I also wanted to test to see if taking the temps at a high rate increased the amount of noise or if there was anything to gain. I copy and pasted the data into plot.ly and:

    [​IMG]

    I took a hit for the first 5 seconds each time. The one graph is measuring 1 temp measurement per second. The other is 10 times a second with 1,800 rows of data for the 180 seconds. The vape was set to 430F on the pid controller and 318F on the arduino probe at the start of the hit. It looks like I don't need to take the temps so many times a second.

    I am gonna try and get the probe closer to the hotspot and keep on graphing. This is so much easier than looking at a timer and writing down temps.
     
    Last edited: Jan 12, 2016
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  21. jojo monkey

    jojo monkey Well-Known Member Manufacturer

    Messages:
    474
    Quick tease...

    Thought I'd post a pick. This are moving along very nicely. Things that I thought would be super tough have already been asked and answered on the internet.

    So I had the idea that showing the history of the temps would be neat to see. Imagine if you could see how much your hit took out of a large convection vape. Well i did until...

    [​IMG]

    I shut the vape off for a few min when I took the pic. The graph updates two times a second and can show 1.6 minutes per color. I have it wiping after a few graphs. Notice how it is flowing down. The number on the right is the set temp. I am only measuring the temps off the current vape right now, this vape is not controlling a heater quite yet.

    Now I just need some favorite buttons and the basic interface is done!

    Ok, time to sleep.
     
    Last edited: Jan 14, 2016
  22. jojo monkey

    jojo monkey Well-Known Member Manufacturer

    Messages:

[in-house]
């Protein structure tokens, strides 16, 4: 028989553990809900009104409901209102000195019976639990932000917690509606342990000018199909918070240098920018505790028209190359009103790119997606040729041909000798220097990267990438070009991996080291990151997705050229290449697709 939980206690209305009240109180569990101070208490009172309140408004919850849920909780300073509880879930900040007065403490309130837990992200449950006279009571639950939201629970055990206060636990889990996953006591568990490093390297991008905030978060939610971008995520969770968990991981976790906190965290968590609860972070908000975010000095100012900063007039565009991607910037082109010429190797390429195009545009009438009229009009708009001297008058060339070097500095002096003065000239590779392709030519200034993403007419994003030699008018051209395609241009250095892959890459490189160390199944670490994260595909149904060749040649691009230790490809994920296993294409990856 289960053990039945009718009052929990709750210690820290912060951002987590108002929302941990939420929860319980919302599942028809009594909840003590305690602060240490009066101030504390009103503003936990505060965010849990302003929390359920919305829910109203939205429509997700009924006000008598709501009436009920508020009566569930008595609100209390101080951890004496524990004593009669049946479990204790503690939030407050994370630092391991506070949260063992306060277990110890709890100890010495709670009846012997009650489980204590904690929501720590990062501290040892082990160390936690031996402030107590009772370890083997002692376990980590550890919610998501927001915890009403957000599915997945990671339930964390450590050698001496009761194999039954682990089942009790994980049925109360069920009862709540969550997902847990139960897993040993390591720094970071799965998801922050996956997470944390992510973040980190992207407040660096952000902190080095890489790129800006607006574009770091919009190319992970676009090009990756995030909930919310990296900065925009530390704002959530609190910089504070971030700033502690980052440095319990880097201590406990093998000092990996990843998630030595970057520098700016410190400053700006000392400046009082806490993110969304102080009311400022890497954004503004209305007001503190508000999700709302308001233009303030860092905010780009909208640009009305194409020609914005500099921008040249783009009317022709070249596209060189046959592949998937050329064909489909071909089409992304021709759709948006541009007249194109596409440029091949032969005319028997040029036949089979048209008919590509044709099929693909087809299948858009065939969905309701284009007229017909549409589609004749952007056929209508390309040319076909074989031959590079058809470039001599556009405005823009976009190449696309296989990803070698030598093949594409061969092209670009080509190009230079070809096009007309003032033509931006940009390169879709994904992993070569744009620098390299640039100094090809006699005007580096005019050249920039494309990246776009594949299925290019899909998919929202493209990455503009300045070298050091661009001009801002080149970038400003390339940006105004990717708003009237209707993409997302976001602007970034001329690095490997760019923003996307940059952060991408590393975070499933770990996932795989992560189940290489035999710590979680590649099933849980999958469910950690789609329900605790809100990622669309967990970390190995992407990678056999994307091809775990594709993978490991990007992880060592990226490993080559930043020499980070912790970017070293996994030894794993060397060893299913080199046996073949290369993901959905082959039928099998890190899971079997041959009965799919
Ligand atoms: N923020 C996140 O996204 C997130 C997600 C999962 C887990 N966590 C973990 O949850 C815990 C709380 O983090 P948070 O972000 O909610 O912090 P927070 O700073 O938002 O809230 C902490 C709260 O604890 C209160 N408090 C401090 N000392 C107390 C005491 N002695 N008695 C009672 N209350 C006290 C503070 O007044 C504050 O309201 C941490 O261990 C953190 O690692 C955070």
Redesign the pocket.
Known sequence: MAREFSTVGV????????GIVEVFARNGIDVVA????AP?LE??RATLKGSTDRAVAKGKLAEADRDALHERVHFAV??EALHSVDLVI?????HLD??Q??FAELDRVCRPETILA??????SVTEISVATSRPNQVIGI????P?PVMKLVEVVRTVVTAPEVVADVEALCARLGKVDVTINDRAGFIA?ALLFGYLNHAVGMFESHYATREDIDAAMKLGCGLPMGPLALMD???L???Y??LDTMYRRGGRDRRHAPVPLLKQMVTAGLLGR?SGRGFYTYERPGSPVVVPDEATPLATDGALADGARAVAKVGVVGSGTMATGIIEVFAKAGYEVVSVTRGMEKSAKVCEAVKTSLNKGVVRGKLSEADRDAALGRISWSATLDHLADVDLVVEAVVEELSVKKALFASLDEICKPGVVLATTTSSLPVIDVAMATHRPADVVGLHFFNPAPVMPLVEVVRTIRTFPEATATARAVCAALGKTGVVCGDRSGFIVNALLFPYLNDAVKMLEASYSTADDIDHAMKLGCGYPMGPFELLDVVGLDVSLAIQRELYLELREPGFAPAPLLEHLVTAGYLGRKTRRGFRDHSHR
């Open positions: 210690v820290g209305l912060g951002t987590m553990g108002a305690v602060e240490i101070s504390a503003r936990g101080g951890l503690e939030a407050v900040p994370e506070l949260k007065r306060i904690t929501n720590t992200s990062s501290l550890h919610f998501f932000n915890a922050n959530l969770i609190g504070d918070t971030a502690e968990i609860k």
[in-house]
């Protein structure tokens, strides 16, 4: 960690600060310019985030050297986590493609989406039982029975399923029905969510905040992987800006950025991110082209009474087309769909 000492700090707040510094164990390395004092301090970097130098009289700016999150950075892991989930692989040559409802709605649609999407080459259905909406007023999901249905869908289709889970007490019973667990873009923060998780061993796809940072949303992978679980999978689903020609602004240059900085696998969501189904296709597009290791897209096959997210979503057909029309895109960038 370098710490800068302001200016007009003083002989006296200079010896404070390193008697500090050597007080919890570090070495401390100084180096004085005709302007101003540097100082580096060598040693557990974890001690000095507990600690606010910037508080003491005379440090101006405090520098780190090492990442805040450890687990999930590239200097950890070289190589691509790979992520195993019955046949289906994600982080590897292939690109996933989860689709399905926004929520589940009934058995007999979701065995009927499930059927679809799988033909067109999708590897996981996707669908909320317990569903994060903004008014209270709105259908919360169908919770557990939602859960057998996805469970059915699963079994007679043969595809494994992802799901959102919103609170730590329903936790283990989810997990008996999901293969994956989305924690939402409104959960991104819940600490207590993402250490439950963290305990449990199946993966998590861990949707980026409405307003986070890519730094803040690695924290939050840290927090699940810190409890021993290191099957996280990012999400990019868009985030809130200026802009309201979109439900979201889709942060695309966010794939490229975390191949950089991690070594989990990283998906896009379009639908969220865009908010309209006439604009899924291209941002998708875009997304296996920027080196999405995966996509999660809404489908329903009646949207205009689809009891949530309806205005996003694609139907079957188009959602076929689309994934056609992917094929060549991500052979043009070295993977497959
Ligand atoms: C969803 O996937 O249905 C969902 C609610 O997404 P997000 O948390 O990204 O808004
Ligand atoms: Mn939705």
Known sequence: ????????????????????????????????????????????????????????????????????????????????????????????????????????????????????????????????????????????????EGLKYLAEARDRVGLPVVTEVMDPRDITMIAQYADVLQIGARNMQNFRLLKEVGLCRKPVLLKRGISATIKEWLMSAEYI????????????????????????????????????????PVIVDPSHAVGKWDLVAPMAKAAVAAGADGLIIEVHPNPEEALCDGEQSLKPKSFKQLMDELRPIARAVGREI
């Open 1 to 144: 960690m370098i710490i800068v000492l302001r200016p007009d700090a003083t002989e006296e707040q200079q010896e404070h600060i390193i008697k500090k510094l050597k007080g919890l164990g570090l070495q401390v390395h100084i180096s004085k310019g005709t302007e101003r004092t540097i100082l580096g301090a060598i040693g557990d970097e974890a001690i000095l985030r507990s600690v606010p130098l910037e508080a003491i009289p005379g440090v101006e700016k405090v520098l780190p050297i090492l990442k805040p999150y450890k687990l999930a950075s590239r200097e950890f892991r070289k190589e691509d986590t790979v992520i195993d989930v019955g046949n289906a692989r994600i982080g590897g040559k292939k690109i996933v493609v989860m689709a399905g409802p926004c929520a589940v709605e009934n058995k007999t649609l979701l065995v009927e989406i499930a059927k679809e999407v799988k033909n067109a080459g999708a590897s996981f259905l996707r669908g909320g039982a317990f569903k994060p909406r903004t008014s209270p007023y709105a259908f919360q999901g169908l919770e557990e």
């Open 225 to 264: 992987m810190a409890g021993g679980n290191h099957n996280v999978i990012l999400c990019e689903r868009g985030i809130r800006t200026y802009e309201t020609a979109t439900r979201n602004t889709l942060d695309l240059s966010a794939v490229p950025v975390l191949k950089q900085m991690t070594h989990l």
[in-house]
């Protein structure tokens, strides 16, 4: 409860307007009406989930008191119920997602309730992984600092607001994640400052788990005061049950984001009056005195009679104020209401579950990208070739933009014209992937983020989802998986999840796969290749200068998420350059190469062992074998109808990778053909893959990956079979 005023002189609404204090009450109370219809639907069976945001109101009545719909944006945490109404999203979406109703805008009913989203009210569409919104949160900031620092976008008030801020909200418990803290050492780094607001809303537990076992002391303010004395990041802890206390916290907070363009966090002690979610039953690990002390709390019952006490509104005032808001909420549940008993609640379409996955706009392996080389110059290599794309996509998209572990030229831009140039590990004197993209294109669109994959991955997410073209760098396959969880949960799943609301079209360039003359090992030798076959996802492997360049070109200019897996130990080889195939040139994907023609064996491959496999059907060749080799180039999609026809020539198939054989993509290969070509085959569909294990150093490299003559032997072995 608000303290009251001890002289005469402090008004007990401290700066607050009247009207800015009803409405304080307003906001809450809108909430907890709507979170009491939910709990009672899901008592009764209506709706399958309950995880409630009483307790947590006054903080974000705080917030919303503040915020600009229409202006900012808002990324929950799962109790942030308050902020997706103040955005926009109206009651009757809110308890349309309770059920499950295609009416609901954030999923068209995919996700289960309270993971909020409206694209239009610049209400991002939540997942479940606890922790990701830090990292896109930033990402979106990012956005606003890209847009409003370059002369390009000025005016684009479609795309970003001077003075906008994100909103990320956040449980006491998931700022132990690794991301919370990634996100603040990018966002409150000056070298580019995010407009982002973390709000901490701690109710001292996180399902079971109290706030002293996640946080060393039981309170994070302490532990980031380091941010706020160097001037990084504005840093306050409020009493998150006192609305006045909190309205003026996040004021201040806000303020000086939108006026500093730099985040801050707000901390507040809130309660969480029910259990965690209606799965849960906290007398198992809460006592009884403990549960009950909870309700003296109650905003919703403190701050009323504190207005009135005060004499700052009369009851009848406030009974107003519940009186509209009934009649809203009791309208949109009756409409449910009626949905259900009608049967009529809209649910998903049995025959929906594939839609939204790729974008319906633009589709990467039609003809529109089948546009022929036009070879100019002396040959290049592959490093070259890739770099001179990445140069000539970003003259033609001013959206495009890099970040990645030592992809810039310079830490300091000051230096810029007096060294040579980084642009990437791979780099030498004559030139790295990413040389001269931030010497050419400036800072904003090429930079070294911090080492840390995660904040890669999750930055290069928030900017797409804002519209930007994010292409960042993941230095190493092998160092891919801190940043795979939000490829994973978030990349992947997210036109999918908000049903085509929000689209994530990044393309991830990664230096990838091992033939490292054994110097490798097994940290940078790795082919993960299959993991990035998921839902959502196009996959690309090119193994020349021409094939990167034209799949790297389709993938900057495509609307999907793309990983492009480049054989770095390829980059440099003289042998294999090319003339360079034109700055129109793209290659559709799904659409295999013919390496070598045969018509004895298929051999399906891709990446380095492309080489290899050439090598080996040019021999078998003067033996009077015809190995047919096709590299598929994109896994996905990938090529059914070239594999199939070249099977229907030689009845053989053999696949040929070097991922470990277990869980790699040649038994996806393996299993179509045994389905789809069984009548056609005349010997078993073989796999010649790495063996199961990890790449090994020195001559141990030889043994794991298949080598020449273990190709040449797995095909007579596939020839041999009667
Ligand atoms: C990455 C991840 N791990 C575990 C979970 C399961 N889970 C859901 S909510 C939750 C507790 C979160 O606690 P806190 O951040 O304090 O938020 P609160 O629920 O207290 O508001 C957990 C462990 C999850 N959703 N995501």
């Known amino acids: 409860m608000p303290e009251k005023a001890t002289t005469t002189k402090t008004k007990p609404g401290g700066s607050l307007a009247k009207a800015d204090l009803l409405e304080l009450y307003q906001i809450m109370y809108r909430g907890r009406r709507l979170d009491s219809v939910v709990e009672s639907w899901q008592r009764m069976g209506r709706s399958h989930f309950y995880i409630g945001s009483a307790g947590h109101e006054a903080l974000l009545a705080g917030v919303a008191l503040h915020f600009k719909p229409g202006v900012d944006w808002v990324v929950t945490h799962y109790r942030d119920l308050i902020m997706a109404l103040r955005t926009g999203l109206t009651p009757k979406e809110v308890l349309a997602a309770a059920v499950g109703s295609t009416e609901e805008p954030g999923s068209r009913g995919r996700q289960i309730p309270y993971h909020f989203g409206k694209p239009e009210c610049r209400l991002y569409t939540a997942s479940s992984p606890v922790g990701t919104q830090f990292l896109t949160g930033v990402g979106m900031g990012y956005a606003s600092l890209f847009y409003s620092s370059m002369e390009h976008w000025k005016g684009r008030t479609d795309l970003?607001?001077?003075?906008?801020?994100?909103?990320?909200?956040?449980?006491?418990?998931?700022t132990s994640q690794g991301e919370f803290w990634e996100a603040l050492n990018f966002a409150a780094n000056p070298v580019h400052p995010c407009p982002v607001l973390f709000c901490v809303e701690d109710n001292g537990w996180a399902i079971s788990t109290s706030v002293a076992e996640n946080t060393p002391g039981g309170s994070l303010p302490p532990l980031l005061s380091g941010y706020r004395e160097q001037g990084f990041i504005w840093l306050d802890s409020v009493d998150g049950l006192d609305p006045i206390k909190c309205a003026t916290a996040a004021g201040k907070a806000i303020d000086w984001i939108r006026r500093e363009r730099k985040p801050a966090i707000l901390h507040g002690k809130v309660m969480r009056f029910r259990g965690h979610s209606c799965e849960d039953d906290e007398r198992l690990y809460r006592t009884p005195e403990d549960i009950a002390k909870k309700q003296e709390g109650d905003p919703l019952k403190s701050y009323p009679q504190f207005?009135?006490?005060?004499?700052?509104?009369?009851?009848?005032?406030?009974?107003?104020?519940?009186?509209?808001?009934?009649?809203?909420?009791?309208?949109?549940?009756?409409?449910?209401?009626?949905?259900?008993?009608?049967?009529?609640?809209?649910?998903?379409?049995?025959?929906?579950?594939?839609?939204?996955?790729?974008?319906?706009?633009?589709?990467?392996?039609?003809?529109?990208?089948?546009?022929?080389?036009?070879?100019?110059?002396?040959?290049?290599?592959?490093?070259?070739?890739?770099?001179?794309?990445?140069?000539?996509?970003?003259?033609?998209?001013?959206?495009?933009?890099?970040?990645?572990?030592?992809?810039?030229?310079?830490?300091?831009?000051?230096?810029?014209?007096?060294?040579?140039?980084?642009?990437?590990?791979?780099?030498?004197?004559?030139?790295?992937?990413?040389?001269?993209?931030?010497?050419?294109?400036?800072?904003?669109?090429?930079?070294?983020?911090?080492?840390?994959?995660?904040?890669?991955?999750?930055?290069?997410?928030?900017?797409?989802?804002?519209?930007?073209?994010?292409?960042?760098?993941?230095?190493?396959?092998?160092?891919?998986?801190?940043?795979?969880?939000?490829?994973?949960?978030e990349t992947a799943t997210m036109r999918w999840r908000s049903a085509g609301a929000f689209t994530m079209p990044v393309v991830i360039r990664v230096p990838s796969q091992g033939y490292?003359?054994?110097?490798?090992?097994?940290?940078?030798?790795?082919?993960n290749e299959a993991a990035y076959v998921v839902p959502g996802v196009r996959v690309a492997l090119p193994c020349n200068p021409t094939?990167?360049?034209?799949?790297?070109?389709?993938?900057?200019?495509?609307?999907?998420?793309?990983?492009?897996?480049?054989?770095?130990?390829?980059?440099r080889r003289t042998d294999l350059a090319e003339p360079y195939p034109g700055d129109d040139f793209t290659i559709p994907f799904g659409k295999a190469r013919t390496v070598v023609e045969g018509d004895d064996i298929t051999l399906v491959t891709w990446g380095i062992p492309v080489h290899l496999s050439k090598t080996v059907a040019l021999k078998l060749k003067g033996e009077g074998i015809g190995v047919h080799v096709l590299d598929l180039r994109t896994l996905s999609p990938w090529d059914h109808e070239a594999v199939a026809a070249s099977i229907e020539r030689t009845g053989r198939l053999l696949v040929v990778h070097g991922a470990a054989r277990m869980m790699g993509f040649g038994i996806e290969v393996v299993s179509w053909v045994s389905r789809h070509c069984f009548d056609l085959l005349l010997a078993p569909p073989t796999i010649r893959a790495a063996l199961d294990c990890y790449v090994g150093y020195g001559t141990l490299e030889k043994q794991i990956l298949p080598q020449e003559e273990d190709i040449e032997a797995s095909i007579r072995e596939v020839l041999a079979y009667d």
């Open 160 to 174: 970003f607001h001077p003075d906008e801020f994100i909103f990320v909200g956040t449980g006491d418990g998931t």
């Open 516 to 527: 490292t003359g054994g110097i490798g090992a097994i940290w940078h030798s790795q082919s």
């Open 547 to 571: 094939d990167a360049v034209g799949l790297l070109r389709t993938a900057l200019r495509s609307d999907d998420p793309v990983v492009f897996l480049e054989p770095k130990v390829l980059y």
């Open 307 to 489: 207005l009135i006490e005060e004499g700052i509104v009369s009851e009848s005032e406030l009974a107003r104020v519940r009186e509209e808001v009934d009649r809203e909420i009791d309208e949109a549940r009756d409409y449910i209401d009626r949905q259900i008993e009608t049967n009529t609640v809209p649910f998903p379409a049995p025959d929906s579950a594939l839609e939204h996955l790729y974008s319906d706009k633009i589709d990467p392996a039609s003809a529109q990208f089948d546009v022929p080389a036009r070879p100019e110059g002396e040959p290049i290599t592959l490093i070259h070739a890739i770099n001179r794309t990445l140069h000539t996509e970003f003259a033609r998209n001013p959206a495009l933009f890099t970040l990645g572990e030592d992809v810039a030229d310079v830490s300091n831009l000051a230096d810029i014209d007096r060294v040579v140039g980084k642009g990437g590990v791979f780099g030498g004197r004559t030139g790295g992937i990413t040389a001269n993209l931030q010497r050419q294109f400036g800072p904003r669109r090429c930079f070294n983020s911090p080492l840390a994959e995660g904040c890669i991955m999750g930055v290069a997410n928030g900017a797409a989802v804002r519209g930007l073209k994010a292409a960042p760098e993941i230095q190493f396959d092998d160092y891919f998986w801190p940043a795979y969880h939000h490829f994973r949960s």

474
    A shaky and first video update!

    New rule: no more handheld videos.

    The screen is 2" X 3". The line down the middle is the set temp. The lines above and below are +/- 10F.

    I am taking a hit a few seconds into it and the video shows the recovery. I am measuring the temps in a better spot than before, but the probe on the pid is still faster. I am too close to the joint and that slows things down a little. It is amazing how much the probe placement changes how the vape works.

    https://vid.me/8jin

    I still need to code a bit more. I hope to have it running a heater very soon.
     
  23. jojo monkey

    jojo monkey Well-Known Member Manufacturer

    Messages:
    474
    I did a little side experiment and killed my 200W. I tried running it with very little paste and it was basically exposed. What little paste was in there cooked down and was holding the heater centered. I had to chip it out with a small screwdriver to remove it from the glass. Pulling on the wire did nothing.

    I was curious if I could just skip the paste and if the heater would perform the same. It looks like I shouldn't and it didn't.

    Doing some heater comparisons: I still have 2 temp probs on the same glass and I am just switching from a 200W to a 60W. My upper temp probe is showing a 60F difference when the lower probe on the pid is at the same temp. The 200W kept the upper probe around the same temp as the lower one. So those extra watts per square inch aren't doing nothing.

    So to date I have lost 2 heaters and in both cases it was during startup. I think I have the PID too aggressively tuned for when I take a hit and it is too much for jumping from room temp to 440F (my current vaping temp). I won't have this prob w/ the arduino. I can program it to have different PID profiles for different times. I can tell it to take its time warming up and to be aggressive at the set temps. There are PID controllers that have temp stepping and custom profiles but they more than my arduino setup and do less.